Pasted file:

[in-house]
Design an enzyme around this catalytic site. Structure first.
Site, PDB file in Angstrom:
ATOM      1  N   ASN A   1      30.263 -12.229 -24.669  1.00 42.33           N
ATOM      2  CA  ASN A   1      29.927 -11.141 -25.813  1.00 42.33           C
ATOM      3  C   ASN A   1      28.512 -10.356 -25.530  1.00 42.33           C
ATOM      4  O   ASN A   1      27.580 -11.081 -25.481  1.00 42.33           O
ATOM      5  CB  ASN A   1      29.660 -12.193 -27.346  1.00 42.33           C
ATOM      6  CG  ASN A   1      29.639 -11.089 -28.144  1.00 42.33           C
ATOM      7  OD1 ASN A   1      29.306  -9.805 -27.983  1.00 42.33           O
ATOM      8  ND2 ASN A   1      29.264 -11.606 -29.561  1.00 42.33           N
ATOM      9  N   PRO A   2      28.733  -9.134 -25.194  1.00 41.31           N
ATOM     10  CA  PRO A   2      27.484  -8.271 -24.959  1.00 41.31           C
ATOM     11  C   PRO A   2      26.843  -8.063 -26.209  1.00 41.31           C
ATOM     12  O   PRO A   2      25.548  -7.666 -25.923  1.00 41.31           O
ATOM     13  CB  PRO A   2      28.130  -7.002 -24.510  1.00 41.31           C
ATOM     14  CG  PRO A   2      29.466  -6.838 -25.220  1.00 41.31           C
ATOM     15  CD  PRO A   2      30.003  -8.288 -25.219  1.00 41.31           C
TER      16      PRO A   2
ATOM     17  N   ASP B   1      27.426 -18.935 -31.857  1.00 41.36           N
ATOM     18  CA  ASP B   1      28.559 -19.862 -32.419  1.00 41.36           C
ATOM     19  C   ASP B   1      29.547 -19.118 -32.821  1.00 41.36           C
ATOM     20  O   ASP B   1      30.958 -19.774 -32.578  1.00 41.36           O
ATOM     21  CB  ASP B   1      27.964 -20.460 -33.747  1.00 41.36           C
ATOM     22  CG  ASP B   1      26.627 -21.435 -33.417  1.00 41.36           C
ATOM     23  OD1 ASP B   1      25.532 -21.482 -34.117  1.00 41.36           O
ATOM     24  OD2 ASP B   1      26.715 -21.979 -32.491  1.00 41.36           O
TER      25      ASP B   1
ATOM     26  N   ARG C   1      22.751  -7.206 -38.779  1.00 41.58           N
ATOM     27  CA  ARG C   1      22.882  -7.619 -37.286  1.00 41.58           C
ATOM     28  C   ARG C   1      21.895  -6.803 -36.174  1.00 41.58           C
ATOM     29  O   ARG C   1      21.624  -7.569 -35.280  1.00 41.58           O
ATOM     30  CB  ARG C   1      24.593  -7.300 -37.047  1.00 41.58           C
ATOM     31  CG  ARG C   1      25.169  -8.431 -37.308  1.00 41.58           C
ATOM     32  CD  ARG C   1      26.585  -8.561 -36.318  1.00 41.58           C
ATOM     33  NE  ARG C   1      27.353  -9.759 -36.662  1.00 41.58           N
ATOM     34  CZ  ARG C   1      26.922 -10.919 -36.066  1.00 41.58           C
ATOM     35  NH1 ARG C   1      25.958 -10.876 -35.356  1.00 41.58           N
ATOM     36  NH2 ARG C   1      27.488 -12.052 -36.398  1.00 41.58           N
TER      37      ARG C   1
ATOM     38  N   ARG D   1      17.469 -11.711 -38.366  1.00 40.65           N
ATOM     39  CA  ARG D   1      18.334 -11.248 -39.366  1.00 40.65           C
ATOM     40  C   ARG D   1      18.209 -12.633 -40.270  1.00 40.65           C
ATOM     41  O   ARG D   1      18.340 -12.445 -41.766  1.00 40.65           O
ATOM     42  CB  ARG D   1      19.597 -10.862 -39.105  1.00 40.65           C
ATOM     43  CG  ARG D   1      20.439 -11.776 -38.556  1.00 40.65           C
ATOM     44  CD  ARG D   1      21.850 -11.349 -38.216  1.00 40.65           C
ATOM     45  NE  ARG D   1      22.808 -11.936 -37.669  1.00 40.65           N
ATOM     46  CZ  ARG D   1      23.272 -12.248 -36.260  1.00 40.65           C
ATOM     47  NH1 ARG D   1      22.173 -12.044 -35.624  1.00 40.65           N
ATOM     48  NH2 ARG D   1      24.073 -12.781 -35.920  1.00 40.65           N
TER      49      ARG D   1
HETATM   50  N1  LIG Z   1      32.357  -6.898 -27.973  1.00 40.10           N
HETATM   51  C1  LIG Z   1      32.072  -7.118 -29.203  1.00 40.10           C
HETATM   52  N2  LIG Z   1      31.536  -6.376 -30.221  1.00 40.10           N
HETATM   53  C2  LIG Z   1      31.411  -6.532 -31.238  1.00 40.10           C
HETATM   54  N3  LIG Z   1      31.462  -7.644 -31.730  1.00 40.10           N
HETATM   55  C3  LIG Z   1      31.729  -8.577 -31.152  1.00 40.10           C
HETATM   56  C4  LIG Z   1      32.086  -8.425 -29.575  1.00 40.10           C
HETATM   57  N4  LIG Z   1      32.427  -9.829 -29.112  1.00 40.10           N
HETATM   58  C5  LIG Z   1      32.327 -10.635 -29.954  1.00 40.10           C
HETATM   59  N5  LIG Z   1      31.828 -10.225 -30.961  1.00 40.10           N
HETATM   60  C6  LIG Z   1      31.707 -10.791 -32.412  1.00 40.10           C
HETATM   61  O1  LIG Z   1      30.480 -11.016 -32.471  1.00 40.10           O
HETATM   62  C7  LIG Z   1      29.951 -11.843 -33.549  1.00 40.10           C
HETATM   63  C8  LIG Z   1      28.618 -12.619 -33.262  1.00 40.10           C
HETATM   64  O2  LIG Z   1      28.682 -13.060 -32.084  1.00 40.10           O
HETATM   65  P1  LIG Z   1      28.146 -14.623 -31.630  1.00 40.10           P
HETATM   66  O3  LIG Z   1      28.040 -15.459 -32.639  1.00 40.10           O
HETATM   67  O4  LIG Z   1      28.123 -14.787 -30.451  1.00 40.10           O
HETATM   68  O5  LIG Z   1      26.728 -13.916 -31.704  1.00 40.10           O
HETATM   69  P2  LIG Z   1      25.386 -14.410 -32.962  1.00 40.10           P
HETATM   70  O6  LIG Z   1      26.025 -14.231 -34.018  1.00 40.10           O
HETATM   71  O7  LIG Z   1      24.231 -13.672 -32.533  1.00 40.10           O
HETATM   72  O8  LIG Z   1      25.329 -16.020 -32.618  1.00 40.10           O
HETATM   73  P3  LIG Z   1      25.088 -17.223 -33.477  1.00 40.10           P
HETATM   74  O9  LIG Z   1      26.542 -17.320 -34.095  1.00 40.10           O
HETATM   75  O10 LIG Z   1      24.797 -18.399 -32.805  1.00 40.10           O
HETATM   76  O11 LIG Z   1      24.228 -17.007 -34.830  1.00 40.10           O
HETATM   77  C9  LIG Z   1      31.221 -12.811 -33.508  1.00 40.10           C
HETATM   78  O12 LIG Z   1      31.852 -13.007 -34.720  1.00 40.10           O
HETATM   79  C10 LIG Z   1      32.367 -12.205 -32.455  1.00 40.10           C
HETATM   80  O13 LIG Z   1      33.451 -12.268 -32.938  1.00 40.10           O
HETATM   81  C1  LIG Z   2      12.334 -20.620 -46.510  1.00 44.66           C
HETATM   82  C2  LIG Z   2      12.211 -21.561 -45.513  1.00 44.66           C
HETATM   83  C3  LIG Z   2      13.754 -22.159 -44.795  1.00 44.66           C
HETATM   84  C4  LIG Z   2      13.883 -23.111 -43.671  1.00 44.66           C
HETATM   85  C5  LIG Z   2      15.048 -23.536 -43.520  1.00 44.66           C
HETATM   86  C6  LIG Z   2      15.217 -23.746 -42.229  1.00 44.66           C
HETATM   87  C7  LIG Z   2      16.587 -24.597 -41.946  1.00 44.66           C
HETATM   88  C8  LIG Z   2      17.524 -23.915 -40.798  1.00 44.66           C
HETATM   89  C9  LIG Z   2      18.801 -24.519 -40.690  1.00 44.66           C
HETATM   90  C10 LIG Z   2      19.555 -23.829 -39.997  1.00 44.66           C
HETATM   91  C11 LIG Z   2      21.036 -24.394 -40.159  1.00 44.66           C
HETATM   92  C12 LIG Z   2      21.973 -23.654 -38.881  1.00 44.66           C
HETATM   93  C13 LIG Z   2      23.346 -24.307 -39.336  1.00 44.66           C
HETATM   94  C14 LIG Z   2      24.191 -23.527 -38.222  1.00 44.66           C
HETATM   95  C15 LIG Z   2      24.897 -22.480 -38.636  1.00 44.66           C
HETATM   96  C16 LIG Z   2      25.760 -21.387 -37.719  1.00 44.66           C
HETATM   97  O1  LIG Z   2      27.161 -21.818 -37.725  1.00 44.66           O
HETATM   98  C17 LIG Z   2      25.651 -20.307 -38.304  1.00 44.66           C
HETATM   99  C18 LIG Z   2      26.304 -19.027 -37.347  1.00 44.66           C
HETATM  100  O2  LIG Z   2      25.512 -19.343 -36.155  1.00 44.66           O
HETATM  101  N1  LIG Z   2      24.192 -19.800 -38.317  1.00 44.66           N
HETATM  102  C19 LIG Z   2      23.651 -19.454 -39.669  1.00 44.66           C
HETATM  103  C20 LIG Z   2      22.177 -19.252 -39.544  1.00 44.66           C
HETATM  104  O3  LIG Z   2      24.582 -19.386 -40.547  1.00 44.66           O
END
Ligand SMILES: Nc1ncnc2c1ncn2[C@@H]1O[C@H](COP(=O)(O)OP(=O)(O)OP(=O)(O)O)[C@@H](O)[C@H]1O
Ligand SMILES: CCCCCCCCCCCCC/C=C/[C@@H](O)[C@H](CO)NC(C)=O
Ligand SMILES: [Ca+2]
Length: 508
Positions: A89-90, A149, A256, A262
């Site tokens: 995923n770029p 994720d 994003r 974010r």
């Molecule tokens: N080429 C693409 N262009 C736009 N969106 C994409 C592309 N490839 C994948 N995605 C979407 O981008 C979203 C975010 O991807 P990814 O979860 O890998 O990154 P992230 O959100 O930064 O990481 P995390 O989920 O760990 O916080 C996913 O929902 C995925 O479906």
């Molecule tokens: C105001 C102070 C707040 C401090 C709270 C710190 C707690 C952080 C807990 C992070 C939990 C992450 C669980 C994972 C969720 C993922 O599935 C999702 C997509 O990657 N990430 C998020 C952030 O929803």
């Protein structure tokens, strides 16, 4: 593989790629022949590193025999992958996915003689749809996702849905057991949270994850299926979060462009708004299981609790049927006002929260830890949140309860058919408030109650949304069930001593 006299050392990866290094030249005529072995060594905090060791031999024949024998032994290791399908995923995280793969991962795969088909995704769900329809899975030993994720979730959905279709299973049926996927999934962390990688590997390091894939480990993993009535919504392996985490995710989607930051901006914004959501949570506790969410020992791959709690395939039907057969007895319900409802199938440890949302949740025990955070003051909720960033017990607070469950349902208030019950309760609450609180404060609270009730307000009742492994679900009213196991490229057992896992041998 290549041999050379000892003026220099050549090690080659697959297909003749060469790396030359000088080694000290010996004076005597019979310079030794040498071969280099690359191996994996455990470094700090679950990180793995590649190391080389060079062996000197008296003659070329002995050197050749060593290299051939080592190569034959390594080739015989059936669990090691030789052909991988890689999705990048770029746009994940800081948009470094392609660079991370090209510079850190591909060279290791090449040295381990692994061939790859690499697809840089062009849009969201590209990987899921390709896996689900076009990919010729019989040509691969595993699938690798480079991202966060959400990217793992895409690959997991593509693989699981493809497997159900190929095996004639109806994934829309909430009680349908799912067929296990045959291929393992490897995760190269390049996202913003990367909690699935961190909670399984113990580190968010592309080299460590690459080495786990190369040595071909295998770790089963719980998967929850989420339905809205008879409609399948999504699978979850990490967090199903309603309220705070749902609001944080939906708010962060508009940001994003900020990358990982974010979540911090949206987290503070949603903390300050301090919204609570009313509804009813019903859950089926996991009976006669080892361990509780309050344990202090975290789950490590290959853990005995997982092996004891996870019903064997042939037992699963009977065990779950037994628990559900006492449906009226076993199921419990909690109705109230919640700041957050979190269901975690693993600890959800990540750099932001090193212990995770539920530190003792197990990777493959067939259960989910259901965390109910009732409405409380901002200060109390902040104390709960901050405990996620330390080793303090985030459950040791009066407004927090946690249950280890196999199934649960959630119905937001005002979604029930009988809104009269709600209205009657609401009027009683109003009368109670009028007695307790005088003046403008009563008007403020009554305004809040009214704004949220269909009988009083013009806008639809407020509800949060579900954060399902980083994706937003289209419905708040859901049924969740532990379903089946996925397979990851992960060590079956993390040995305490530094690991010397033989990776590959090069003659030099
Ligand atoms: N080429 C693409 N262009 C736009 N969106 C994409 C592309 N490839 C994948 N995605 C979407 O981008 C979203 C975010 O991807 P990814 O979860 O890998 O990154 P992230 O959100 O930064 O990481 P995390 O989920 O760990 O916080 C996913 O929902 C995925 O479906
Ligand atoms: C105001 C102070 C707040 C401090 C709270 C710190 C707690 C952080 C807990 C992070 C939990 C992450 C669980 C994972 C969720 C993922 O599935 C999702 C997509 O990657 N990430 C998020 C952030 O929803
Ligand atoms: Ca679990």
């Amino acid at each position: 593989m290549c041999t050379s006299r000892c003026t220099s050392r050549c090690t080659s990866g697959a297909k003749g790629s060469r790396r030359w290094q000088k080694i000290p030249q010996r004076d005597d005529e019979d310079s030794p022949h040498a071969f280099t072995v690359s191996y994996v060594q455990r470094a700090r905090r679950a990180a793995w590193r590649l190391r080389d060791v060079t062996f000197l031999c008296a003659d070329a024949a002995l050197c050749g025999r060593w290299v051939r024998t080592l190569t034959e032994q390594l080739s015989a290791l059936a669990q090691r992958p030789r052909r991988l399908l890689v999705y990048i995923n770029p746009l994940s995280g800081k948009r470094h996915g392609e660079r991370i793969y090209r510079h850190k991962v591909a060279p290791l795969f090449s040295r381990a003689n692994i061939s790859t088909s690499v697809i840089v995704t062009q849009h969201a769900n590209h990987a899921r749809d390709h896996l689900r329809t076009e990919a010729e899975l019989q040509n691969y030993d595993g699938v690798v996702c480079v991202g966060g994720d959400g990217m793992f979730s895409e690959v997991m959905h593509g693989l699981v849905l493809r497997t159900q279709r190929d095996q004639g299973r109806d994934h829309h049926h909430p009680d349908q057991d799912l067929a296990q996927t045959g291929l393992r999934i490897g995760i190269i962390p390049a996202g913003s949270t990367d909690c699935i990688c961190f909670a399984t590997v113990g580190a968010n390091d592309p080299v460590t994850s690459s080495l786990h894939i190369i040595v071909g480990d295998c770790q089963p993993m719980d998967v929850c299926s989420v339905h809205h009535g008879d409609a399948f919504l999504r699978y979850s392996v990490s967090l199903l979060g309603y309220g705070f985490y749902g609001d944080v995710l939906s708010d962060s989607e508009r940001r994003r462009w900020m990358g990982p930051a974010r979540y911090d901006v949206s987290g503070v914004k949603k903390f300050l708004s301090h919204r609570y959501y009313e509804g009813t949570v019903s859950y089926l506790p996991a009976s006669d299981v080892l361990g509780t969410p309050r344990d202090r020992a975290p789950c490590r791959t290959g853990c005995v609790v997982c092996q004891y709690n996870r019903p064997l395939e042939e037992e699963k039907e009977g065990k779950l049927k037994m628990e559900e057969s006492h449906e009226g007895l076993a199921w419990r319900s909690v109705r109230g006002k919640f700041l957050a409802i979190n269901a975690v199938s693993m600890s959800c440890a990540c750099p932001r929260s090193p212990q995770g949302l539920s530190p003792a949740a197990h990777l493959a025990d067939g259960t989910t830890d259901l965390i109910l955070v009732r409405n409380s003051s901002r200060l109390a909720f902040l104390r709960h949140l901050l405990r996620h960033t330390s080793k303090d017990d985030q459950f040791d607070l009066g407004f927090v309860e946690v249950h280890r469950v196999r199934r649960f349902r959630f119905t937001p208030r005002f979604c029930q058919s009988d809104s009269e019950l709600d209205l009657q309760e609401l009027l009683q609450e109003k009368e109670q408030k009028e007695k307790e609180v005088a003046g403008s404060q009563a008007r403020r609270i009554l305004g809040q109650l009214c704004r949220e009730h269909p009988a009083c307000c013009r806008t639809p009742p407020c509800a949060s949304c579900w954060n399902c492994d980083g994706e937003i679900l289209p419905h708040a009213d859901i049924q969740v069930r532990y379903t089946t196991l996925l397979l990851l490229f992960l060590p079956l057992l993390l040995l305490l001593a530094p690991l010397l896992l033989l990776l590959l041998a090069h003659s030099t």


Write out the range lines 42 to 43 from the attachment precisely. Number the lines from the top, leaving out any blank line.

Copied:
ATOM     39  CA  ARG D   1      18.334 -11.248 -39.366  1.00 40.65           C
ATOM     40  C   ARG D   1      18.209 -12.633 -40.270  1.00 40.65           C